I would have been relieved if that news hadn’t been followed by the announcement that unfortunately, a secondary hemorrhage had popped up in the same eye. This one was more centrally located in the retina, meaning my eye doctor wanted a second opinion from a more seasoned expert in diabetes eye disease. He promptly referred me to someone else, noting that it would be okay to see her within a few weeks to determine if additional laser treatment might be warranted or if I may need eye injections to correct it.

Enter the COVID-19 global pandemic in March 2020.

In my home state of Michigan, we began a governor-ordered shelter-in place period in the middle of March. Of course, my eye clinic closed too, pushing my eye examination out indefinitely, which was unsettling.

Just a couple of weeks later, I started noticing dark, black “floaters” in my right eye — the one that hadn’t needed treatment. Cue even more panic from me!

There was a lot of crying because this was truly the first and most noticeable time my vision had actually been impacted as a result of retinopathy.

Determining that my situation could be described as a “critical, vision-impacting emergency,” I phoned my original eye doc, who in turned phoned the specialist, who thankfully got me in the next day.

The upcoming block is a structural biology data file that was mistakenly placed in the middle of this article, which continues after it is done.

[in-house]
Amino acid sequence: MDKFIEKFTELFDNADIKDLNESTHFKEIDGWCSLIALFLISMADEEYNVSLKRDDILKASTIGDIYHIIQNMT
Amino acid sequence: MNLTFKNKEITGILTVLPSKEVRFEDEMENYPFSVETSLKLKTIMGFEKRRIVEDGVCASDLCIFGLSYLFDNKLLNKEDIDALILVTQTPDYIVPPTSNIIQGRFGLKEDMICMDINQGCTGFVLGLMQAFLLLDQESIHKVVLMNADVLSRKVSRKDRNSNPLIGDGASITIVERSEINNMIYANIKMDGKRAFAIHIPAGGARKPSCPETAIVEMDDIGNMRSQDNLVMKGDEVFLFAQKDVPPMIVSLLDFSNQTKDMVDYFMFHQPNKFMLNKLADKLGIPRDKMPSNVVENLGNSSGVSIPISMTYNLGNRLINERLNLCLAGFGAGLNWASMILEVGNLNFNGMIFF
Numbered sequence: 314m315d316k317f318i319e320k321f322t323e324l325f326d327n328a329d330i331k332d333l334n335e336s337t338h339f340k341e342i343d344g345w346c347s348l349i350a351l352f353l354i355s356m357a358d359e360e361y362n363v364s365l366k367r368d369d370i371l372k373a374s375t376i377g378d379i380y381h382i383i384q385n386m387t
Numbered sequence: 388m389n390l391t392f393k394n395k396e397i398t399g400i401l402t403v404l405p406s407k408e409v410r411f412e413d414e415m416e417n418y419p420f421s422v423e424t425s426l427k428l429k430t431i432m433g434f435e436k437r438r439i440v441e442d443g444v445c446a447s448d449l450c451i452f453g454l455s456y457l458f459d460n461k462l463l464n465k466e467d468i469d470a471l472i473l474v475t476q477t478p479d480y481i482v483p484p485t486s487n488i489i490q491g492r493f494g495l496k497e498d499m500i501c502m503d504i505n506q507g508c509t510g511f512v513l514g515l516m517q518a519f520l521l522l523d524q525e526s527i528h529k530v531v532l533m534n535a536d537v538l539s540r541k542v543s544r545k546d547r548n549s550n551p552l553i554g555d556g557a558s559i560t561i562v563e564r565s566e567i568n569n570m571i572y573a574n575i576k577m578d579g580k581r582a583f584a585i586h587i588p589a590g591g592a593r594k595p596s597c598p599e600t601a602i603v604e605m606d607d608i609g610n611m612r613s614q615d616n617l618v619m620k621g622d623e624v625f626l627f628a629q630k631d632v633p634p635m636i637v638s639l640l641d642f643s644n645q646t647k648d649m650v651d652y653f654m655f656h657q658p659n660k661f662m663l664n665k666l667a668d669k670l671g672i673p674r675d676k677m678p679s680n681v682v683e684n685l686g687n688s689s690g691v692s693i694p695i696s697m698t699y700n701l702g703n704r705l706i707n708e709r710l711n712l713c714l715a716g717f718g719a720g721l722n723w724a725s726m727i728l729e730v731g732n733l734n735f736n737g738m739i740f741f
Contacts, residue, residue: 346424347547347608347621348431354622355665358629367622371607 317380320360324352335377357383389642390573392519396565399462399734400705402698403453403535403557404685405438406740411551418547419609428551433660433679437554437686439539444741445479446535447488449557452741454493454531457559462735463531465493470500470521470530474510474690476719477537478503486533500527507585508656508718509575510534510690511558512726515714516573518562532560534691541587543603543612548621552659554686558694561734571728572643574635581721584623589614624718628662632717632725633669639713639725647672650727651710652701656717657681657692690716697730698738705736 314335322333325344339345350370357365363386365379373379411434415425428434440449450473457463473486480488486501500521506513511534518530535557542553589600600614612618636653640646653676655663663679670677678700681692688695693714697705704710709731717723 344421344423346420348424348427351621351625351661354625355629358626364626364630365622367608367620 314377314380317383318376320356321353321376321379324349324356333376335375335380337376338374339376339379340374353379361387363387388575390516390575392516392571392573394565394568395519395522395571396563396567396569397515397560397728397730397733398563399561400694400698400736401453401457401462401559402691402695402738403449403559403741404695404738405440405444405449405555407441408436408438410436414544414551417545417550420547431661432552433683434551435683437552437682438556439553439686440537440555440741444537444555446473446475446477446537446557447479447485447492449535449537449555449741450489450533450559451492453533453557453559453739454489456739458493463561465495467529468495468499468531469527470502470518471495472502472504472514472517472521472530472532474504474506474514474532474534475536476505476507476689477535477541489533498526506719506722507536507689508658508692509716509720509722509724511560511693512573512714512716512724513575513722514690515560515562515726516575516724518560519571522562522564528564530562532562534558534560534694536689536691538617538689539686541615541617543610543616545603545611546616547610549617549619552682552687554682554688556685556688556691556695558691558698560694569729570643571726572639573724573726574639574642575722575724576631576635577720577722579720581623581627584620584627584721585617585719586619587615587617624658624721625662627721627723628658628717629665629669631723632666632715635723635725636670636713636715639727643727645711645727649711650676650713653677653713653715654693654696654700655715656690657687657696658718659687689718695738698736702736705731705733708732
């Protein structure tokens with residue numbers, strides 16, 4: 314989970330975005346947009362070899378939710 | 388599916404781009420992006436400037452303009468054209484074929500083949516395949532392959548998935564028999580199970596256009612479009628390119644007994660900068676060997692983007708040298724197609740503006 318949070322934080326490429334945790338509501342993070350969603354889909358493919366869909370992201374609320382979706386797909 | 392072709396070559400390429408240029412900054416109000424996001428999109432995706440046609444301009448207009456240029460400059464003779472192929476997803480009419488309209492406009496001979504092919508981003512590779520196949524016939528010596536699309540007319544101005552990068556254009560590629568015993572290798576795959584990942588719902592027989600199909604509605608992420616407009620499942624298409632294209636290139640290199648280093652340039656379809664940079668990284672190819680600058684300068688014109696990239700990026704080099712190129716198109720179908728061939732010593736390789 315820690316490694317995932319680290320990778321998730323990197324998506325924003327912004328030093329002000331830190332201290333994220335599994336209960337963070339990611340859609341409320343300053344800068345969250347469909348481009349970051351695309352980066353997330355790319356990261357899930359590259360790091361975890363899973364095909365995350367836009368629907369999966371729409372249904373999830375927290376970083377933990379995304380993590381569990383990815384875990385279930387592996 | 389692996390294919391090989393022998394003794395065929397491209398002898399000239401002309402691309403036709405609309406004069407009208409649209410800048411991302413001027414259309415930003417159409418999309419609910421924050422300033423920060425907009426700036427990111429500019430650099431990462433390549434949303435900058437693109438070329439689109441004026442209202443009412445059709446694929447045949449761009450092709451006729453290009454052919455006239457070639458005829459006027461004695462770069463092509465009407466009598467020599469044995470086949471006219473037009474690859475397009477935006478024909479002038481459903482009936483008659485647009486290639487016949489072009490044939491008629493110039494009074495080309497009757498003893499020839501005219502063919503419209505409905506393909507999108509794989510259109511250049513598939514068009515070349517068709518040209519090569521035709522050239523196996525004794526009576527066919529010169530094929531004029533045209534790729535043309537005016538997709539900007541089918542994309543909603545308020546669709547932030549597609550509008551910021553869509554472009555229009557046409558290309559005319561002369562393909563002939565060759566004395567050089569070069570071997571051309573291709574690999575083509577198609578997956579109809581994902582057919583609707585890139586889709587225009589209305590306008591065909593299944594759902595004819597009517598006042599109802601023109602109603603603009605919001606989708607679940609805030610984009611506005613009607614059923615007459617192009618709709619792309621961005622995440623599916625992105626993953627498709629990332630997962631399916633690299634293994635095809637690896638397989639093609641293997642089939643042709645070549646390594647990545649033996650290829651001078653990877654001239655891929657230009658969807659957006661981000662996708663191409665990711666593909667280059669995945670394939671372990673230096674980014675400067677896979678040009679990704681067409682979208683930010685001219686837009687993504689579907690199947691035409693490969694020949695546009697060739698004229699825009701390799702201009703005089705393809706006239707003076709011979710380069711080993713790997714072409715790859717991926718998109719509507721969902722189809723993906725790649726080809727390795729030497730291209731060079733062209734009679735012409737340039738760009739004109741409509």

She observed that a small blood vessel had burst, leading to some blood leakage in my retina that was causing the floaters in my field of vision. An injection in my eye was needed.

There are several diabetes retinopathy eye injection medications available, but my doctor suggested the oldest one on the market: Avastin, which interestingly isn’t even approved for diabetes-related retinopathy and macular edema, but was previously used to treat cancer. It’s now off-label for PWDs experiencing retinopathy-related vision issues as it can slow or stop the abnormal blood vessel growth.

Avastin is an older large-molecule version of the more recent, smaller-molecule drugs that are approved by the Food and Drug Administration (FDA) to be specifically used in treating diabetes retinopathy. It’s a less expensive version that’s often effective.

Once again, my treatment began with numbing drops, and then eventually the injection.

Of course, I was terrified by the idea of a scary needle moving toward my eye. But in reality, I barely noticed it since the injection comes from the side of your field of vision. And due to the numbing drops, I felt only a little pinch that lasted a few seconds — finished just as quickly as it had begun.

Later in the day, once the eye drops had worn off, my sight wasn’t impacted. There was some minimal burning at times, but overall, it was similar to having some bright light exposure that forced me to close my eye for a moment to adjust and wipe away some tears with a tissue. The blood in my eye eventually dissipated, as the doctor expected it would.